How to Get a Good Job in STEM WIthout a Degree
- 75% of UK professionals considering a career change don’t feel qualified to work in STEM
- An increasing amount of apprenticeships are making STEM careers more accessible for people from diverse backgrounds
- A strong set of soft skills, and a clear motivation to succeed in science are crucial for career success.
Despite STEM being one of the most profitable industries to work in, an overwhelming 75% of UK professionals considering changing jobs don’t think they have the qualifications for a STEM career.
In the UK, new apprenticeship pathways and ‘T-Level qualifications’, which focus on establishing technical expertise in a specialist subject, are helping to change the ‘university narrative’ surrounding creating a career in STEM.
This is in turn is increasing diversity in the wider field – the UK government report that in the first quarter of 2022/2023, 13% more women started STEM apprenticeships than they did the previous year.
In this article, I’ll reveal the key benefits, and challenges apprentices in STEM often experience, and highlight the most important transferable skills for career success.
What routes are there for apprentices in the lab?
Most often, the two routes that apprenticeships in clinical science offer help apprentices become Lab Scientists or Lab Technicians.
These two roles offer a wealth of career options in the long run, from working in drug discovery through to supporting clinical trials.
At Synergy, as part of the STEM learning outreach, we have established apprenticeship routes in partnership with a global biopharma company with fair pay, and ample opportunity to gain experience across a range of functions and departments.
Benefits of working as an apprentice in STEM
For many young people today, there’s a growing concern that tuition fees alongside living costs create an unfeasible amount of debt and financial pressure.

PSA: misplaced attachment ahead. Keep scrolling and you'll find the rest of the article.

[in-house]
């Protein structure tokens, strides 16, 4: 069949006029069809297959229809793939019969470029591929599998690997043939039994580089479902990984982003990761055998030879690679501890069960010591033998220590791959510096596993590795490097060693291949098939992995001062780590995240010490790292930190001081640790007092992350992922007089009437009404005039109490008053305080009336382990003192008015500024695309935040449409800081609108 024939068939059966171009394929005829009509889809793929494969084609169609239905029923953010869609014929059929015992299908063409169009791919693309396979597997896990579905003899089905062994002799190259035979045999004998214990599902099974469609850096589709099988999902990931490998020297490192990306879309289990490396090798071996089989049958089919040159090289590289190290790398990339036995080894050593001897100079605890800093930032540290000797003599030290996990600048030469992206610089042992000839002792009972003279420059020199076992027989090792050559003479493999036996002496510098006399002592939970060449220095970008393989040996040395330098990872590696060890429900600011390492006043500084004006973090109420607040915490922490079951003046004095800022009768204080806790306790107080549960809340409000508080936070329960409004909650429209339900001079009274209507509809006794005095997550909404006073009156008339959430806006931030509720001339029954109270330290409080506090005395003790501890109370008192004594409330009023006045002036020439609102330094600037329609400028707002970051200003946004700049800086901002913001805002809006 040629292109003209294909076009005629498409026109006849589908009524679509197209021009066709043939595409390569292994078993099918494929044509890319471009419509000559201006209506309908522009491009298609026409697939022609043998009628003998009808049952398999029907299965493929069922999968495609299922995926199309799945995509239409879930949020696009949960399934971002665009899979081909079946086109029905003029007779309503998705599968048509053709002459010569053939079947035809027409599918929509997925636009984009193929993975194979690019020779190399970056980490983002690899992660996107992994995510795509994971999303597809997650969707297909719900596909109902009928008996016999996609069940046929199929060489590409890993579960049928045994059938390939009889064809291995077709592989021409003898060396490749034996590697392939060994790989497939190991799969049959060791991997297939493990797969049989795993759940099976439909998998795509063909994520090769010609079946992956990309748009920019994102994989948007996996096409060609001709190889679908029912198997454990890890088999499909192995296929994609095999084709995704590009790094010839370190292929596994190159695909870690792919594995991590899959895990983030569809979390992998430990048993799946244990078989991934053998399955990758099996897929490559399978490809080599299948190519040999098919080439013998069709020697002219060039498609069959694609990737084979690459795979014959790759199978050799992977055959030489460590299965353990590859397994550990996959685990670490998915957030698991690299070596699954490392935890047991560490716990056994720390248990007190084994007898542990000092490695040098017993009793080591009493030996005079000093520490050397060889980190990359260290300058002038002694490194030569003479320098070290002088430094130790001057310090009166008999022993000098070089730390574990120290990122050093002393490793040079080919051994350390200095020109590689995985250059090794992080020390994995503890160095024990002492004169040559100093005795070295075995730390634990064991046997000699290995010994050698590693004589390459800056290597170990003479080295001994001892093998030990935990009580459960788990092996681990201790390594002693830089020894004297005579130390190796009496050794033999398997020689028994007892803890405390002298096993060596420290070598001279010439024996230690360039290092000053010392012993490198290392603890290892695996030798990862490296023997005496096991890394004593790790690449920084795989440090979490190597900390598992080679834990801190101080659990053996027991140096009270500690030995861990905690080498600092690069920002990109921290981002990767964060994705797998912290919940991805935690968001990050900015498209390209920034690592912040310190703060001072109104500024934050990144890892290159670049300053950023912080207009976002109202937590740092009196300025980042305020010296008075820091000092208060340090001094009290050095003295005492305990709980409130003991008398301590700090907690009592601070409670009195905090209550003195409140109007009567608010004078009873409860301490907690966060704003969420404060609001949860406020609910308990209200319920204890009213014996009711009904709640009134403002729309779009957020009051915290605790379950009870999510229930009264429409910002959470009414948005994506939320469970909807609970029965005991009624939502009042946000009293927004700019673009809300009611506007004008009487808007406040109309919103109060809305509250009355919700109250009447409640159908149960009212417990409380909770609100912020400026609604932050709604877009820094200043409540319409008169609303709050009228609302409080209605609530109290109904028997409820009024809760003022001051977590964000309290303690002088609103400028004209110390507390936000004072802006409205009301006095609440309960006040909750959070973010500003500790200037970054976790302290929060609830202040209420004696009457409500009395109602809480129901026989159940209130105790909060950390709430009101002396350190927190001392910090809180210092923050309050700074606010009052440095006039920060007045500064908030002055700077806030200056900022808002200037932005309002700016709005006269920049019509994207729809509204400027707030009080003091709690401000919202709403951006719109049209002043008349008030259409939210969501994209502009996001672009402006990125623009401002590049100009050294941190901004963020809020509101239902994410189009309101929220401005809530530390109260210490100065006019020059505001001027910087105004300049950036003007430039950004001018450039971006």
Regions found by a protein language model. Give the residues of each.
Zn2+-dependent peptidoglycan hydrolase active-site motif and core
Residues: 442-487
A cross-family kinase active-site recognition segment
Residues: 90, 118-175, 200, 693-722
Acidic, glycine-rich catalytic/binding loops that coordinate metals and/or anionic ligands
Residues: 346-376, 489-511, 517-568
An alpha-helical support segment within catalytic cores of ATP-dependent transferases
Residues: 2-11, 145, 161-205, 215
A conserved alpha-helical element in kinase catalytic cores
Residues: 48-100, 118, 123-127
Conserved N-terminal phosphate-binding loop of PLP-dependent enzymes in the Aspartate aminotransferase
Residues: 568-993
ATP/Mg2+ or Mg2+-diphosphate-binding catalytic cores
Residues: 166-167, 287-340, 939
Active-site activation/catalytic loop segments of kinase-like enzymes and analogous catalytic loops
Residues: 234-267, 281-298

Apprenticeships offer an alternative that still includes exposure to a higher level education, alongside on the job training. In most cases, apprentices work on site 4 days a week, and have 1 day in college where they benefit from a more educational setting.
This situation enables professionals, wherever they are in their career to build the experience they need to not only theoretically understand how to work in certain situations (as university degrees often do), but know the workplace environment, know which specialisms they’re most interested in, and create a clear and focused career path.
Apprenticeships can also offer a clear route to job security. In many cases, the company where an apprentice has been working will take the apprentice on as a permanent employee. In situations where this doesn’t happen, apprentices leave with a recognised qualification which makes them eligible to apply for other organisations, where they can bring the skills they’ve cultivated first-hand directly to the job.
Key challenges apprentices encounter
In my experience, you can hit a glass ceiling without a degree when working in science.
While there are clear routes to progression post-apprenticeship, including becoming an associate scientist, scientist or even a senior scientist, to rise past that level through to being a group leader, or department head a degree is often a pre-requisite due to the flat hierarchal structure clinical science laboratories can have.